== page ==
Mr. Steven B. von Dobschutz
Sound Off, Inc.
P.O. Box 206
5132 37th Ave
Hudsonville, MI 49426
RE: The tariff classification of electrical terminations and terminals and housings from Taiwan.
Dear Mr. von Dobschutz:
In your letter dated July 26, 2004 you requested a tariff classification ruling.
The items are electrical connectors which will be used to construct 3 conductor, 15 foot cables.
The applicable subheading for the terminals will be 8536.69.8000, Harmonized Tariff Schedule of the United States (HTS), which provides for Electrical apparatus for switching or protecting electrical circuits, or for making connections to or in electrical circuits; lamp holders, plugs and sockets; Other; Other. The duty rate will be 2.7 percent.
You have also asked for the classification of housings for strobe lamps from Poland. The strobe lamps are to be principally used with motor vehicles.
The applicable subheading for the housings will be 8512.90.2000, Harmonized Tariff Schedule of the United States (HTS), which provides for Electrical lighting or signalling equipment (excluding articles of heading 8539), windshield wipers, defrosters and demisters, of a kind used for cycles or motor vehicles; parts thereof: Parts: Of signalling equipment. The duty rate will be 2.5 percent.
Your inquiry does not provide enough information for us to give a classification ruling on your items 1 and 4.. Your request for a classification ruling should include :
For item 1 (Four output 50 watt Strobe Power Supply): What exactly is being imported by your firm? Also, what is/are the country/s of origin?
For item 4 (A complete undercover strobe kit); What exactly is being imported by your firm and what is/are the country/s of origin of each item?
. When this information is available, you may wish to consider resubmission of your request. We are retaining any related samples, exhibits for your resubmission. If you decide to resubmit your request, please include all of the material that we have returned to you.
You have also inquired about the country of origin marking requirements of each item.
For the electrical connectors and housings:
The marking statute, section 304, Tariff Act of 1930, as amended (19 U.S.C. 1304), provides that, unless excepted, every article of foreign origin (or its container) imported into the
U.S. shall be marked in a conspicuous place as legibly, indelibly and permanently as the nature of the article (or its container) will permit, in such a manner as to indicate to the ultimate purchaser in the U.S. the English name of the country of origin of the article.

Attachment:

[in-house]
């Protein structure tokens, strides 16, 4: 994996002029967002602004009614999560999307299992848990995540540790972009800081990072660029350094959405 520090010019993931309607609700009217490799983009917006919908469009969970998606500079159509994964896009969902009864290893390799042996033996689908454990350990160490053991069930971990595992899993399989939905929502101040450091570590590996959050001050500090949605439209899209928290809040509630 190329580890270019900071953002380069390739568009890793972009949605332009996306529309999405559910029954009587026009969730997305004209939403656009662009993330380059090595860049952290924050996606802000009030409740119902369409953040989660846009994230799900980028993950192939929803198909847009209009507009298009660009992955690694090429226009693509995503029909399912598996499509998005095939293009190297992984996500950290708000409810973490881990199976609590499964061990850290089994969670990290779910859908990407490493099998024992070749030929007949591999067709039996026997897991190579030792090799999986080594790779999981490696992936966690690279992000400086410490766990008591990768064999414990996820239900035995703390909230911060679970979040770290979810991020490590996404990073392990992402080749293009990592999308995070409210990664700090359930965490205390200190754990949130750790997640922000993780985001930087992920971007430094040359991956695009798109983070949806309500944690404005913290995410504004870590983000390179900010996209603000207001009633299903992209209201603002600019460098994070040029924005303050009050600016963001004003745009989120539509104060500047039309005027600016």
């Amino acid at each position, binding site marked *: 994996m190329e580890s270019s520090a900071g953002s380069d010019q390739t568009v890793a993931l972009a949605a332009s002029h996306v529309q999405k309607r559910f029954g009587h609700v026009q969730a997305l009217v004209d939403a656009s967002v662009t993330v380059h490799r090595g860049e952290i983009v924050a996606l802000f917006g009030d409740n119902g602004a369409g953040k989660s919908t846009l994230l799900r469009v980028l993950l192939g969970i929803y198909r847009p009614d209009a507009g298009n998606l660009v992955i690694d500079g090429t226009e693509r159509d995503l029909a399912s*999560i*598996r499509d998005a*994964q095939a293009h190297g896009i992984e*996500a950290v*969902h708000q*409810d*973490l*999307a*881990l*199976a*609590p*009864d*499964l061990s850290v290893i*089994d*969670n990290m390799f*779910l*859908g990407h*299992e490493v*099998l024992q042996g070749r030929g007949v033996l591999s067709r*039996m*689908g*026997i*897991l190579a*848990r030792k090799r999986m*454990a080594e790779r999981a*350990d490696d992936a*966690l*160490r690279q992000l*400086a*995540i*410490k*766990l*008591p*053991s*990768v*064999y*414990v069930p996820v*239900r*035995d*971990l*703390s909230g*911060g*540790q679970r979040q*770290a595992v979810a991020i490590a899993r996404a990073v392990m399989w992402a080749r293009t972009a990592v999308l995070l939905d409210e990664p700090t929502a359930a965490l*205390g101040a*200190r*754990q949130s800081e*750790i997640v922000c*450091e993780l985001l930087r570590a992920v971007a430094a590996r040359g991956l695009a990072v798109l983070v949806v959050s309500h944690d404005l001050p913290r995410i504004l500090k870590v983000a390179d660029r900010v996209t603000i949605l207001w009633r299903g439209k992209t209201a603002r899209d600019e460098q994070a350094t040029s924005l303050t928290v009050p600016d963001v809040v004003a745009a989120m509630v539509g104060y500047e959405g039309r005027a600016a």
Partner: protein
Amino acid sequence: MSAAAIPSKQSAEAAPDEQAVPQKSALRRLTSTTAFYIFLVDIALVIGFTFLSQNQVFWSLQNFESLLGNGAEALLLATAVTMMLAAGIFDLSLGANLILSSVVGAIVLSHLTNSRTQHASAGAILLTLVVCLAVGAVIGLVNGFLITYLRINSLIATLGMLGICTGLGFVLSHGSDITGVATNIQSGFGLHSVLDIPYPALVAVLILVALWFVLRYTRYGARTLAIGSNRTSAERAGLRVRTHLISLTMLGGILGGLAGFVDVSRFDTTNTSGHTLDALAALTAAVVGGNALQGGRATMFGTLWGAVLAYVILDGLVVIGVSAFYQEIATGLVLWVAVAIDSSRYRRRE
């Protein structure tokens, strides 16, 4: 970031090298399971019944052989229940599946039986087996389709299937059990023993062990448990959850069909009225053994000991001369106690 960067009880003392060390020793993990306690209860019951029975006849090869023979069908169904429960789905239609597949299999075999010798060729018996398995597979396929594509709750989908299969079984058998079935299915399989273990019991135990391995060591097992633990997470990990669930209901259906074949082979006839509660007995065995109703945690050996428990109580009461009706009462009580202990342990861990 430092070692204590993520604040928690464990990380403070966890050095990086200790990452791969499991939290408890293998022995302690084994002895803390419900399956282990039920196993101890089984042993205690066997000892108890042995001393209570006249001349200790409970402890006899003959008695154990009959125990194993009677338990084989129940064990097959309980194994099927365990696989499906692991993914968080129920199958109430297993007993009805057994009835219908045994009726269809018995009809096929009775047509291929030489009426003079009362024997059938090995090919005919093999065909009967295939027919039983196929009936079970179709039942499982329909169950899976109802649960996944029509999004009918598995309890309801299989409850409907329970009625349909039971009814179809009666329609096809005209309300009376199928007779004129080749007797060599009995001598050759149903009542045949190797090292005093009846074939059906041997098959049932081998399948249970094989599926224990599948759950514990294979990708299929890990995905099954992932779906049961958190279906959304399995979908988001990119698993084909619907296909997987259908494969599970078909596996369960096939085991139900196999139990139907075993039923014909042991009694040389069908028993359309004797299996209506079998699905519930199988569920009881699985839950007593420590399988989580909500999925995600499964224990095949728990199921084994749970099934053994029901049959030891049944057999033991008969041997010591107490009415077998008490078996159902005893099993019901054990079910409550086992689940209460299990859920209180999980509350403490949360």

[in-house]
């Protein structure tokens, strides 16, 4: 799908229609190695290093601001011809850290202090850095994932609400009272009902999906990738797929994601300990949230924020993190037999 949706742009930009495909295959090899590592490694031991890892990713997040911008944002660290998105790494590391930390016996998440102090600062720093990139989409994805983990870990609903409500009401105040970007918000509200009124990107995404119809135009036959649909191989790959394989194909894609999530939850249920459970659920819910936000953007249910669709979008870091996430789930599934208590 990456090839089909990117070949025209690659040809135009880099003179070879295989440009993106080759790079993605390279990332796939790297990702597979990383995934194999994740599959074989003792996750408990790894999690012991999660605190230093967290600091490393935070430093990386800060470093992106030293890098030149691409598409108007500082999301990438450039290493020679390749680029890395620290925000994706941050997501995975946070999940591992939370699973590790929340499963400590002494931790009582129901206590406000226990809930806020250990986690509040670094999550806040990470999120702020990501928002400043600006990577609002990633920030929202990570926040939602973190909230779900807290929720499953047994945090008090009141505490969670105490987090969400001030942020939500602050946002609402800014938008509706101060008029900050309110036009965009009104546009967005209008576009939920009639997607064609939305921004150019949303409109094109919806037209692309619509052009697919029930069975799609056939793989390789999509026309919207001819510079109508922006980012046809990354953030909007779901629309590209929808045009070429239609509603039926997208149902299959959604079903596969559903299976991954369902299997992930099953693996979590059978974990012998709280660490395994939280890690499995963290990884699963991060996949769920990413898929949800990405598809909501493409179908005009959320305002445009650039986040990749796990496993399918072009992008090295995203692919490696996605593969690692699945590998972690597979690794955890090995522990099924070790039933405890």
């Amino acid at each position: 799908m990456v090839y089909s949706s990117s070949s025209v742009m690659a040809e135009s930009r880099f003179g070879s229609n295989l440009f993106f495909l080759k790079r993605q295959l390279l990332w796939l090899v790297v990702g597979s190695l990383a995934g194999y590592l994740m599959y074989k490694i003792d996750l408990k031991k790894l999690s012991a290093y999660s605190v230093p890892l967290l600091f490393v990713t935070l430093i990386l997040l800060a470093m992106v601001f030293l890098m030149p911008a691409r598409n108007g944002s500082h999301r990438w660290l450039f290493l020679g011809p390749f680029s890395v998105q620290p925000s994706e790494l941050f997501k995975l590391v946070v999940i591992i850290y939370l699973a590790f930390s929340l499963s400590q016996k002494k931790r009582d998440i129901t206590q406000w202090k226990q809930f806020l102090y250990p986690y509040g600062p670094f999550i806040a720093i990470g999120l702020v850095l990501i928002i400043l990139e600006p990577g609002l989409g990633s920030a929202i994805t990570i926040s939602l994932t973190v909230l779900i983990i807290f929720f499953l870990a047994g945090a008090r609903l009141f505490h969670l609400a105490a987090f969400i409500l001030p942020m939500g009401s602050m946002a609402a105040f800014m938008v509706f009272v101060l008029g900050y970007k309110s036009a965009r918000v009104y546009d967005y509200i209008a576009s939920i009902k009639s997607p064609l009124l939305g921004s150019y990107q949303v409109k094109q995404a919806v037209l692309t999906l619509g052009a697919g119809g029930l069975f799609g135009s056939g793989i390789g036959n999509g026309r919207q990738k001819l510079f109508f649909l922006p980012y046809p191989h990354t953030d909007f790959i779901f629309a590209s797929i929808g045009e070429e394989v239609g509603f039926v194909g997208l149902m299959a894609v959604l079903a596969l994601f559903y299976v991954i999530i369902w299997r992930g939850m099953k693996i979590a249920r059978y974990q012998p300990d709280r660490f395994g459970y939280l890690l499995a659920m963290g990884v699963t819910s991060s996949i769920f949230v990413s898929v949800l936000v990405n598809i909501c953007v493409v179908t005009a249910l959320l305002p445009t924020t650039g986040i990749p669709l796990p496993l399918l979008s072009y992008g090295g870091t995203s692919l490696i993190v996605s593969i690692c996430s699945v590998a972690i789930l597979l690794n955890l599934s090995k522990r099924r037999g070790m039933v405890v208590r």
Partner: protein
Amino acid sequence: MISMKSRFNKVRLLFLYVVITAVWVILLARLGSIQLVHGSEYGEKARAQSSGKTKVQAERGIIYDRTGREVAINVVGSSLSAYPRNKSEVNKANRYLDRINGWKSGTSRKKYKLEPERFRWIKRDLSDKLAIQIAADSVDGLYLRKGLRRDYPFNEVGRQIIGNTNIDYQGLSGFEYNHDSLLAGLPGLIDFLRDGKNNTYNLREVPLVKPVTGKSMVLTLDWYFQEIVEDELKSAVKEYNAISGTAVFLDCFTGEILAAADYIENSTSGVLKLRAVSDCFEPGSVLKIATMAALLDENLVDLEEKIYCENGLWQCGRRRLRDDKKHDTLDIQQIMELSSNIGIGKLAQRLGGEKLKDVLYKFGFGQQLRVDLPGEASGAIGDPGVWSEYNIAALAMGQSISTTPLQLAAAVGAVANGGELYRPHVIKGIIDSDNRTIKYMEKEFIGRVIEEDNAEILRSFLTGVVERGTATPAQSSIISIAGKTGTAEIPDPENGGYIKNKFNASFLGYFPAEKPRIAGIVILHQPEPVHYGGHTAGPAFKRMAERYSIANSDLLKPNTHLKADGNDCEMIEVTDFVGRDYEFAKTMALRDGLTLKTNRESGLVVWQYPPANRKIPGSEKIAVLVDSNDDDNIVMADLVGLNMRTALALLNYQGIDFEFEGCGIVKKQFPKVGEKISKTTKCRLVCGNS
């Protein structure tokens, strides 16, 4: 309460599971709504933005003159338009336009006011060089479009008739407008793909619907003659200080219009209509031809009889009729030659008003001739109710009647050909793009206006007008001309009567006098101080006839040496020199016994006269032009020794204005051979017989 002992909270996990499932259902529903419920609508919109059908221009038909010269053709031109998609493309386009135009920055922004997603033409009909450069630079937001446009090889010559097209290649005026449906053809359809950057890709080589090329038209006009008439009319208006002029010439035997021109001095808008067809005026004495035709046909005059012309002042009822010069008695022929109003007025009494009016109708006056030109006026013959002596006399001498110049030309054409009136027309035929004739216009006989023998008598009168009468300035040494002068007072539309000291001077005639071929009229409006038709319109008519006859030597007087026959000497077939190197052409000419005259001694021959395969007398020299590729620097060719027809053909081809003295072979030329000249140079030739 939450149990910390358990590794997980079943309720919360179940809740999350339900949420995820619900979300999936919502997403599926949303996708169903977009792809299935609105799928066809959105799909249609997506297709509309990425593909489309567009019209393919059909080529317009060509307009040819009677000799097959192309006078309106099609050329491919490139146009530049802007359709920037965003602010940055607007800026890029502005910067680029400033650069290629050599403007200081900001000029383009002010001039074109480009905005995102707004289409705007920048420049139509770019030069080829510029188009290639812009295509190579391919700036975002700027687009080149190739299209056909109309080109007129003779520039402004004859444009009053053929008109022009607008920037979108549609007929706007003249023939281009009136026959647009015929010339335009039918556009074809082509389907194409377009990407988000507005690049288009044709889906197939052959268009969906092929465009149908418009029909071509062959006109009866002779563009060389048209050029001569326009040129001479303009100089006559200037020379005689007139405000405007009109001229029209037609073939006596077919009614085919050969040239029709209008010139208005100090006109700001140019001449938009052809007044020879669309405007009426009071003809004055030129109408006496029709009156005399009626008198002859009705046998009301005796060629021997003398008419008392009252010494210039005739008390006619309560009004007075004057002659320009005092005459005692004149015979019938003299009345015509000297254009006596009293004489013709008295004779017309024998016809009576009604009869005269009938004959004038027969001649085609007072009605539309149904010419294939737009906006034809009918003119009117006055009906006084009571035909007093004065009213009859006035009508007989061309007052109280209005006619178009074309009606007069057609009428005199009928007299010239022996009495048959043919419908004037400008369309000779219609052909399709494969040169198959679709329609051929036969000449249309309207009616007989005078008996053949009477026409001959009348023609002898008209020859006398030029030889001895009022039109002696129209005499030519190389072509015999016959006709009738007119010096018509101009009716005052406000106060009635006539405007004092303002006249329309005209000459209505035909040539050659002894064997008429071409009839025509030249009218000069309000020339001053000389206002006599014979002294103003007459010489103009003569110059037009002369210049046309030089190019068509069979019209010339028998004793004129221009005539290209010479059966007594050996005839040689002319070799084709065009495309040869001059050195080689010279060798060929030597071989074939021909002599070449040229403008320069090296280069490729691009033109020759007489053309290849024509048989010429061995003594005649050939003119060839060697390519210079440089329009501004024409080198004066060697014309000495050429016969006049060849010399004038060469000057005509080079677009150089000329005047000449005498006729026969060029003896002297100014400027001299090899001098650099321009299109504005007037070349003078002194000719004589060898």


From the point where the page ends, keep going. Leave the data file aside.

Part 134, Customs Regulations (19 CFR Part 134), implements the country of origin marking requirements and exceptions of 19 U.S.C. 1304. Section 134.41(b), Customs Regulations (19 CFR 134.41(b)), mandates that the ultimate purchaser in the U.S. must be able to find the marking easily and read it without strain. Section 134.1(d), defines the ultimate purchaser as generally the last person in the U.S. who will receive the article in the form in which it was imported. 19 CFR 134.1(d)(1) states that if an imported article will be used in manufacture, the manufacturer may be the ultimate purchaser if he subjects the imported article to a process which results in a substantial transformation of the article. The case of U.S. v. Gibson-Thomsen Co., Inc., 27 C.C.P.A. 267 (C.A.D. 98) (1940), provides that an article used in manufacture which results in an article having a name, character or use differing from that of the constituent article will be considered substantially transformed and that the manufacturer or processor will be considered the ultimate purchaser of the constituent materials. In such circumstances, the imported article is excepted from marking and only the outermost container is required to be marked. See, 19 CFR 134.35.
In this case, the imported connectors and housings are substantially transformed as a result of the U.S. processing, and therefore the U.S. manufacturer is the ultimate purchaser of the imported connectors and housings and under 19 CFR 134.35 only the containers which reach the ultimate purchaser are required to be marked with the country of origin.
This ruling is being issued under the provisions of Part 177 of the Customs Regulations (19 C.F.R. 177).
A copy of the ruling or the control number indicated above should be provided with the entry documents filed at the time this merchandise is imported. If you have any questions regarding the ruling, contact National Import Specialist Robert DeSoucey at 646-733-3008.
Robert B. Swierupski